• Very personable and involved with the students as to what is going on in their academic and personal lives.
  • Trish is very knowledgeable in what she does. She’s technologically savvy, and very educated in literature and the arts, as well as aware of current happenings in the modern literature and art world.

Please follow us on our social networks:

         

Prick of the Spindle

Prick of the Spindle is a journal of the literary arts, founded in 2007. We are always seeking book reviews and critics to take on the titles listed on the review shelf at http://prickofthespindle.org/reviewer-guidelines/. We are also seeking short film and visual artists for our online galleries, as well as humor writers for the new online section, The Corner. Submit your fiction, poetry, nonfiction, humorous pieces, reviews, interviews, artwork, and drama for the biannual print edition at https://posprint.submittable.com/submit. Subscribe to the print edition at more than 16% off the cover price. Visit http://prickofthespindle.org/shop/.

Prick of the Spindle S16

Superstition Review Newsletter 4/30/16

“Superstition

4.30.16


Issue 17 Launch

We are thrilled to announce the launch of our Issue 17.

Issue 17


Featured Artist and Authors

We’re so proud of this issue, which features wonderful art and writing from national and international contributors.

Issue 17 Contributors


Prick of the Spindle

Prick of the Spindle is a journal of the literary arts, founded in 2007. We are always seeking book reviews and critics to take on the titles listed on the review shelf at http://prickofthespindle.org/reviewer-guidelines/. We are also seeking short film and visual artists for our online galleries, as well as humor writers for the new online section, The Corner. Submit your fiction, poetry, nonfiction, humorous pieces, reviews, interviews, artwork, and drama for the biannual print edition at https://posprint.submittable.com/submit. Subscribe to the print edition at more than 16% off the cover price. Visit http://prickofthespindle.org/shop/.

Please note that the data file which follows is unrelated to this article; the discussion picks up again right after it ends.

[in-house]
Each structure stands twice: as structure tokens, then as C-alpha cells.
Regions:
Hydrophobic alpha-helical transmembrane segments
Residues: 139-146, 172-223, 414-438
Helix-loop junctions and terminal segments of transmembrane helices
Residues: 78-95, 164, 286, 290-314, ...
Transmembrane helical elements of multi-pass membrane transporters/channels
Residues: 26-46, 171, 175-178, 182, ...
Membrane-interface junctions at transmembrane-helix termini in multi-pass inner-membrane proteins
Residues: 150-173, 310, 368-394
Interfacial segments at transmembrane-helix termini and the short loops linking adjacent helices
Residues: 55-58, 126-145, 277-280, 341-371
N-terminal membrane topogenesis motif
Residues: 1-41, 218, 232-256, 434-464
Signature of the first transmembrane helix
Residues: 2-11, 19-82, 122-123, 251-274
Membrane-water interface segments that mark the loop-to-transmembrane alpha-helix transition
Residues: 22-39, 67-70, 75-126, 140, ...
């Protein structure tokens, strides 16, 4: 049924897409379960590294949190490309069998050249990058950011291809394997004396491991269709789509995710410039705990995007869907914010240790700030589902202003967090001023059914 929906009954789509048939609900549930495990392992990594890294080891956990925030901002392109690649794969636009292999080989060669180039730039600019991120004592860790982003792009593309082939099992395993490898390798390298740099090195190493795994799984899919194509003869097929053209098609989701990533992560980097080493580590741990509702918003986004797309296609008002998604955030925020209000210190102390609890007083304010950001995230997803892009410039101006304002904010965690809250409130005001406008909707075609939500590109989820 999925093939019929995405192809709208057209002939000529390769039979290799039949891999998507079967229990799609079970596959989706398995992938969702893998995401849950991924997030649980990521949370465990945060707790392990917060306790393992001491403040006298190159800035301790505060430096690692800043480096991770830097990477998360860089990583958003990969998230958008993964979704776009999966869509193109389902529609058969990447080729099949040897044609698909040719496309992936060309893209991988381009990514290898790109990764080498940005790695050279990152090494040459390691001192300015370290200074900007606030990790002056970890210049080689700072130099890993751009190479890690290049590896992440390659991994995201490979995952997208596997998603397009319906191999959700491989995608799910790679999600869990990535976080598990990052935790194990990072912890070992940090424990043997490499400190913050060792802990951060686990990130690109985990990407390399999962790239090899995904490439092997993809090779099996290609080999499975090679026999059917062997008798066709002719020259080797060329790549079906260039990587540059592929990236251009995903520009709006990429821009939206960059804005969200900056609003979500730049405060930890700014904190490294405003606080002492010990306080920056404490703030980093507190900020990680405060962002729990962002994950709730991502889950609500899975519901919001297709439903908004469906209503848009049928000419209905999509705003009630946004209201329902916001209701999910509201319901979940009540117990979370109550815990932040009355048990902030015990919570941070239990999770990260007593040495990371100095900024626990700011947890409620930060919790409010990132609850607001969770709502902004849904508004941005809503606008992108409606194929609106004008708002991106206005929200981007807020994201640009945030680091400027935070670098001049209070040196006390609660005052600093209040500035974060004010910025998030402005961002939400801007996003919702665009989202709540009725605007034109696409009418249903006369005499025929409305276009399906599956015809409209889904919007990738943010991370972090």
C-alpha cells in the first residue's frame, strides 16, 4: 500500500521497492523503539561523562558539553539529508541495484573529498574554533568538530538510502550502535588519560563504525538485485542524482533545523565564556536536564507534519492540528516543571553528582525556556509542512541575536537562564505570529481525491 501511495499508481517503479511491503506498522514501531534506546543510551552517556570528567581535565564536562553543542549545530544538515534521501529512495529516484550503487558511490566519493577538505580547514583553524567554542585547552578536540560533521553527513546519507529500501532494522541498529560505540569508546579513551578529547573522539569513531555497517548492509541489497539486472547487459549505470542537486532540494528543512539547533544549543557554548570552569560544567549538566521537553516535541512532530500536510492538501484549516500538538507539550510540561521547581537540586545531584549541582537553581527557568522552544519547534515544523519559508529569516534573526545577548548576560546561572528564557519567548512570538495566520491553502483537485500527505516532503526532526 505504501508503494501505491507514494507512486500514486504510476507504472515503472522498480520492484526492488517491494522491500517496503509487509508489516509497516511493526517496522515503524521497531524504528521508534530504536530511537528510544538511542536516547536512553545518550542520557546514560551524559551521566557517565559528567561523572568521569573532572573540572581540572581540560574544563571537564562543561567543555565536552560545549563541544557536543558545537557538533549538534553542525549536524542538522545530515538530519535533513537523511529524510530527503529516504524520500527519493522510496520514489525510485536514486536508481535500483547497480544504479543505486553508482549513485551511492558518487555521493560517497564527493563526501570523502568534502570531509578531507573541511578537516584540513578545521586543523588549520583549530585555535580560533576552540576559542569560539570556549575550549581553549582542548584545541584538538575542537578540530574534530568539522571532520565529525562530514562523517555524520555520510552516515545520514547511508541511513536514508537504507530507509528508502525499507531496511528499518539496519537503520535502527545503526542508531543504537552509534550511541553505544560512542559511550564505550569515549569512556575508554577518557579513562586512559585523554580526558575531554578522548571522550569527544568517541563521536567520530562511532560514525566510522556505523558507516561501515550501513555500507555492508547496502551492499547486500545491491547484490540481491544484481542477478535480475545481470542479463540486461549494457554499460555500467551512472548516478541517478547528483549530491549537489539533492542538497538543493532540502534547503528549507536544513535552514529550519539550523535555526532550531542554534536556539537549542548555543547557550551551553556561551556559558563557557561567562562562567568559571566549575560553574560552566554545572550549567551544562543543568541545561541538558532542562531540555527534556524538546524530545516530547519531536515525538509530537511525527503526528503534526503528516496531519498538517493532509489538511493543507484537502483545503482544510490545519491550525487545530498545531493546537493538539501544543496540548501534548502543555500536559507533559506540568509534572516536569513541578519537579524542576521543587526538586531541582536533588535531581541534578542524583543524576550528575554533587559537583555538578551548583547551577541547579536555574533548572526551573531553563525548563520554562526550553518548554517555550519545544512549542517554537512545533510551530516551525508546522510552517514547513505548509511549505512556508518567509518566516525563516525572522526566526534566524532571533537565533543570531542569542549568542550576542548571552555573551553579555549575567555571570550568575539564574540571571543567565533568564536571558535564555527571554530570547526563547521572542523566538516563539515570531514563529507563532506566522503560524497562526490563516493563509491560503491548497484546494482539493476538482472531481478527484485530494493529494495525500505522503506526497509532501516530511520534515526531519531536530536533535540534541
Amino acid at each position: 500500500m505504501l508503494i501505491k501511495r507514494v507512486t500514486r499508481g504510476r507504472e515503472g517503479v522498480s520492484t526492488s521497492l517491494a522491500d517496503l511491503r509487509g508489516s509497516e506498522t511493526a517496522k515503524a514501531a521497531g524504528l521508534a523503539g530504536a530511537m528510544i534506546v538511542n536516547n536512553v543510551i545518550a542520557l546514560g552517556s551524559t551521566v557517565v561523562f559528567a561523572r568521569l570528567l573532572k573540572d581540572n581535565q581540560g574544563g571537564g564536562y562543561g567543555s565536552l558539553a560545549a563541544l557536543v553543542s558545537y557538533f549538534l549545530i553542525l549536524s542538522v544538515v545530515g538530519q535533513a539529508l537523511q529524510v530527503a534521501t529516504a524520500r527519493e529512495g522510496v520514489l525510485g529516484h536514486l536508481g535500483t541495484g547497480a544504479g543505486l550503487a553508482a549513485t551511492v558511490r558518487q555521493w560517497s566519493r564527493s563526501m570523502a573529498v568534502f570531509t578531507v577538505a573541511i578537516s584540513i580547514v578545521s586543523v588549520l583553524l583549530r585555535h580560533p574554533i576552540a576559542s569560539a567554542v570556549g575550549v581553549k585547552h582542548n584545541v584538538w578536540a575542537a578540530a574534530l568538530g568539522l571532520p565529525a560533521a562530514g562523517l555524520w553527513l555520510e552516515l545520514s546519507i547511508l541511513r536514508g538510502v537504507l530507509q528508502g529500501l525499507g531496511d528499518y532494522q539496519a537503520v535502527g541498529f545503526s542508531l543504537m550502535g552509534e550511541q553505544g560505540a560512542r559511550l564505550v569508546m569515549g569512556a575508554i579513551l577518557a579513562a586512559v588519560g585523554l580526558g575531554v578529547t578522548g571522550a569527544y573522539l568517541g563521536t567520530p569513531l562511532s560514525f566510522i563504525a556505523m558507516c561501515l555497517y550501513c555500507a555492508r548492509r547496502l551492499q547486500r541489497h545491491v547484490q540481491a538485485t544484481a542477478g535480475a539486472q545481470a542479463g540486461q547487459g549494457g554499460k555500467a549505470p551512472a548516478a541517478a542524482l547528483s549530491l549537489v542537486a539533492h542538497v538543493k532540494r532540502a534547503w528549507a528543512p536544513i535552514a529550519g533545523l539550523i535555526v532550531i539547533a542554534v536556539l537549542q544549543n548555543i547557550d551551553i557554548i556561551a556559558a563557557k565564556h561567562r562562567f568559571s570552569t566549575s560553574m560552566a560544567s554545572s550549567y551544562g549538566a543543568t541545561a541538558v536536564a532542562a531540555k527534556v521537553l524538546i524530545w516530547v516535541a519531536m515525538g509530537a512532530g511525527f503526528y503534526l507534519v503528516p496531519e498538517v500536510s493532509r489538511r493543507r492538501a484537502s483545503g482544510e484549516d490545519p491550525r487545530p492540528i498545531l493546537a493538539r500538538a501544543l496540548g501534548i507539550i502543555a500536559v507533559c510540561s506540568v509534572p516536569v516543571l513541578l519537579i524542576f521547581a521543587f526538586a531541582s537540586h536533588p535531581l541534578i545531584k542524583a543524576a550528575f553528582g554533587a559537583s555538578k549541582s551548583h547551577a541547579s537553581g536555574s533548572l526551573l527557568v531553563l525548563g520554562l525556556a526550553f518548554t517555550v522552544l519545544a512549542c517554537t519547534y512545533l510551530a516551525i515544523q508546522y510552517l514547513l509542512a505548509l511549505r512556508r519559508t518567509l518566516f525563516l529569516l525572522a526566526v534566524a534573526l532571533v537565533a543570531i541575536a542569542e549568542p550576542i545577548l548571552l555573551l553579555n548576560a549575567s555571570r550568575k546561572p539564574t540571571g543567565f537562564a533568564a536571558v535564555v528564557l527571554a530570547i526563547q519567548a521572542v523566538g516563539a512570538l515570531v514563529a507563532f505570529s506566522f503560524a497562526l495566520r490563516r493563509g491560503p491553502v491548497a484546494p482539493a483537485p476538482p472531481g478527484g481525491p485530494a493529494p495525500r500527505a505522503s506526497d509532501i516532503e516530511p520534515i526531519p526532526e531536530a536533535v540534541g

Prick of the Spindle S16


Brick

Brick has been called many things: an “anthology of enthusiasms” (Michael Ondaatje), “the best literary publication in North America” (Annie Proulx), and “more fun than any other literary magazine around” (Robert Hass). Brick is where the world’s best-loved writers have wide, lively, personal discussions about art, culture, and the written word. You’ll read essays, interviews, translations, and belles lettres on everything from film to food to fiction by the likes of Louise Erdrich, Seamus Heaney, Mavis Gallant, Dionne Brand, Robert Hass, Karen Solie, Kamila Shamsie, Colm Tóibín, and many others. Brick is edited by Michael Redhill, Michael Helm, Linda Spalding, Rebecca Silver Slayter, Laurie D Graham, and Martha Sharpe.

Brick 96


Berkeley Fiction Review

The Berkeley Fiction Review is a UC Berkeley undergraduate, student-run publication. We look for innovative short fiction that plays with form and content, as well as traditionally constructed stories with fresh voices and original ideas.

We invite submissions of previously unpublished short stories year round and publish annually. Submissions are free. Contributors whose stories are published receive one free copy of the issue their story appears in. We also host fiction contests and nominate to O. Henry, Best American Short Stories, and Pushcart prizes.

We also invite submissions to our annual sudden-fiction contest. See website.

berkeleyfictionreview@gmail.com

Additional Links:

Facebook- https://www.facebook.com/berkeleyfictionreview?fref=ts

Twitter- https://twitter.com/BerkeleyFiction

Website- http://berkeleyfictionreview.com

Tumblr- http://berkeleyfictionreview.tumblr.com

Submissions- http://berkeleyfictionreview.com/submit/

Berkeley Fiction Review

SR Pod/Vod Series: Author Lee Upton

Lee UptonToday we’re celebrating the launch of Issue 17 with our first Issue 17 Authors Talk. We’re proud to feature Lee Upton as our twenty-sixth series contributor, discussing her story “After the Party.”

It’s a concise and insight-packed podcast covering the dialogue and “language games” of the characters, the subtext of the story’s dialogue, and the composition and revision of the story itself.

You can listen to the podcast on our iTunes Channel, #213.

You can read Lee’s story in Superstition Review, Issue 17.

More About the Author:
Lee Upton is the author of books of poetry, fiction, essays, and literary criticism. Her most recent books are Bottle the Bottles the Bottles the Bottles from the Cleveland State University Poetry Center (2015), and The Tao of Humiliation: Stories from BOA Editions (2014).

About the Authors Talk series:

For several years, we have featured audio or video of Superstition Review contributors reading their work. We’ve now established a new series of podcasts called Authors Talk. The podcasts in this series take a broader scope and feature SR contributors discussing their own thoughts on writing, the creative process, and anything else they may want to share with listeners.

#ArtLitPhx: Amy Silverman Book Launch